‘Containment’ questions the future of living for humans

Preston Braun

By A Contributor

“Containment” takes place in the future, a time when Earth’s population, lack of resources and rapidly rising CO2 levels force interplanetary exploration. The story takes place at V1, an enormous dome that is home to the first two generations of pioneers to Venus. Venus was once believed to be inhabitable but genetic enhancements and scientific advancements allowed for space travel and successful habitation of the planet. Still, only a few specified members of the colony are allowed to leave the dome, and they must wear advanced suits to help them adapt to its atmosphere.

V1 is a pinnacle of achievement that Earth relies on for scientific research and eventual colonization of other planets. Each adult at V1 has a specific duty that he or she has been trained to perform. V1 consists of 50 adult founders and their 100 combined children. All 100 humans born into the second generation were tagged as “Gen V,” or the first generation to be born on Venus. The members of Gen V were born only days apart in order to create companionship and to better keep track of each individual. Their jobs were decided based on academic or physical areas of interest and excellence.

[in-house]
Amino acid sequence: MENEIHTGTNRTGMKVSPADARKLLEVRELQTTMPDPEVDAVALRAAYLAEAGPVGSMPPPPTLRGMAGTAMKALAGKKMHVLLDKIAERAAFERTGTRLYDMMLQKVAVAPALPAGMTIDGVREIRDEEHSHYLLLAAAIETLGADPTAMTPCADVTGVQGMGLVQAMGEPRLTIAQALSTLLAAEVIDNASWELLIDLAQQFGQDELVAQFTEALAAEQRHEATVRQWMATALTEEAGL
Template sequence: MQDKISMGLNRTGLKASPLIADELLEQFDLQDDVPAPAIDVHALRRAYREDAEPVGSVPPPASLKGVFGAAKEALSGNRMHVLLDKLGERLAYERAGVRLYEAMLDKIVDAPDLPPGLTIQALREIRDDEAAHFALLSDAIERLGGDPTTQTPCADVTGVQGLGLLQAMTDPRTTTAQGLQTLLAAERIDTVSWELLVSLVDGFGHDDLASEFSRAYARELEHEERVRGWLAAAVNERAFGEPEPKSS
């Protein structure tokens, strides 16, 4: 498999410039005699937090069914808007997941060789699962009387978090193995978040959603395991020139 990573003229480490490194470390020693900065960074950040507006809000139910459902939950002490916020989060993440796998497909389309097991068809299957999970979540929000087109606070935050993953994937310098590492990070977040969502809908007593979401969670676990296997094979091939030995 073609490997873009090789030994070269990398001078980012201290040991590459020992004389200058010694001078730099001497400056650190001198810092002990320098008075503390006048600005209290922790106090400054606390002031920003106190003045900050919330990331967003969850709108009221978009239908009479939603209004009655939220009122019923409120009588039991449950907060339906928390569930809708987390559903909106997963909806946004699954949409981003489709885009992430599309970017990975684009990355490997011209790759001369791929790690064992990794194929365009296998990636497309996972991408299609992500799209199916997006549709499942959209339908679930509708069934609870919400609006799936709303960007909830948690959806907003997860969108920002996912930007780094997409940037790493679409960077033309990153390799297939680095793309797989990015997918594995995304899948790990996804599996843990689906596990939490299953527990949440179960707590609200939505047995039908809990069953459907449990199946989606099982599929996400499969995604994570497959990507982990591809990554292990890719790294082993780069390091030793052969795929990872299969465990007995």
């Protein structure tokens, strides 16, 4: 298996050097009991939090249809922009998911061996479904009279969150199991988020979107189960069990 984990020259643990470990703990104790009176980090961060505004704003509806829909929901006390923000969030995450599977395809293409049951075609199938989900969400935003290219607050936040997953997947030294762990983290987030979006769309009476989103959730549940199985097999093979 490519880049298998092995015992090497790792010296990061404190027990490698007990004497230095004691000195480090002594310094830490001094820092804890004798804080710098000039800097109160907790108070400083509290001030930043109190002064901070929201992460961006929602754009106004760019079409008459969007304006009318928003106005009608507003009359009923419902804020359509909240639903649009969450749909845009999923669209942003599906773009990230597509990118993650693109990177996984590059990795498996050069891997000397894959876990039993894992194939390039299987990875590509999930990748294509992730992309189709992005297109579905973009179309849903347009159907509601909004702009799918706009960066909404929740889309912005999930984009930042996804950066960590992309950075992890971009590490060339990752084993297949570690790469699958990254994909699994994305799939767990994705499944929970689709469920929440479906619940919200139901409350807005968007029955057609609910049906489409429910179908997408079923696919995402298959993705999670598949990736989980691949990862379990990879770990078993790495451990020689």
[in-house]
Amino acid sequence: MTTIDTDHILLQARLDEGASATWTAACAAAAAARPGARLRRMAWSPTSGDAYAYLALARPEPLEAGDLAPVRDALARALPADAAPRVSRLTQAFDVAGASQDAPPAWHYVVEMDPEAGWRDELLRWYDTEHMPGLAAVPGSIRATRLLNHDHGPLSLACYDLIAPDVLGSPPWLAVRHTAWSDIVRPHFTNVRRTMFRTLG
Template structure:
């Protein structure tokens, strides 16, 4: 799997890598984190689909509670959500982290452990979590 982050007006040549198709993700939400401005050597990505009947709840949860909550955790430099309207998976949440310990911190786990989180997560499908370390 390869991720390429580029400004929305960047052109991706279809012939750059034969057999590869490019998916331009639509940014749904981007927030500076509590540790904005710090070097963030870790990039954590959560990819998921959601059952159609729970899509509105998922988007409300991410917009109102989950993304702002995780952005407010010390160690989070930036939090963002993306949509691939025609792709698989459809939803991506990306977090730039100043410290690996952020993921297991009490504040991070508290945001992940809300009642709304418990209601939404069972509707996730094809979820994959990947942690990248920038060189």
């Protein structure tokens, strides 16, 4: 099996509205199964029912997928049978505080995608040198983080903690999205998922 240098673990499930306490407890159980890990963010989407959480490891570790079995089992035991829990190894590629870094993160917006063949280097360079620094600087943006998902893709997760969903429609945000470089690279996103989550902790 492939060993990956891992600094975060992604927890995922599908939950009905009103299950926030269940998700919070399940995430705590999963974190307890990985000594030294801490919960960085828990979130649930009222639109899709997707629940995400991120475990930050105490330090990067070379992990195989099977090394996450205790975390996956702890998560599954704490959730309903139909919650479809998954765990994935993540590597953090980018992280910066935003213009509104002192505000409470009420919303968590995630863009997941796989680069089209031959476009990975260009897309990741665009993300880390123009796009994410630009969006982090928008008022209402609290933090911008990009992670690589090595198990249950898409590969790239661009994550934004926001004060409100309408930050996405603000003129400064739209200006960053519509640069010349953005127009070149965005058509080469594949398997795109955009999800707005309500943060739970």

V1 is essential to the survival of people on Earth; research performed at V1 consists in part of trying to replicate and understand artificial photosynthesis. Since the CO2 levels on Earth have become so dangerous, a group of researchers on V1 is focused on finding a new chemical compound that will create breathable air through cell mutation.

The story focuses on Arik, the most intelligent member of Gen V, who has inherited the problem of solving artificial photosynthesis. When the story begins, Arik is waking up encased in a steel vise in the Medical Pod. He is alarmed when he finds he has suffered intense memory loss and that his wife is three months pregnant. He learns he has been in an accident and should not be alive.

Arik later receives what he considers to be a message from himself sent shortly before his accident. This message forces him to work back through his own memory to uncover the mystery about what happened and uncover a secret about V1 that will change the course of human history.

This is classic science fiction. The author, Christian Cantrell, creates and outlines in marvelous detail the structure and appearance of the world that is V1. He goes beyond the changes and advances in our everyday technology. For example, the infrastructure of V1 can recognize the foot patterns and weights of every single individual, so any time a scientist or worker is needed, a member need only ask the building itself and it will pinpoint the exact location of the person sought. Perhaps not coincidentally, the story gets one thinking about solving the problems we face on Earth today. Cantrell also delves into questions regarding some of the problems that humans would encounter while living 223 million kilometers from Earth, such as the reliance on shipments from Earth that don’t always come in on schedule.

Cantrell, who is a software developer in Northern Virginia, has written and self-published several short stories. He dedicates “Containment,” his first novel, to “future generations who must question everything about the worlds they are born into.”

That’s an accurate representation of what he is trying to accomplish with this book.

Preston Braun is finishing his master’s degree in education and is a Manhattan resident.

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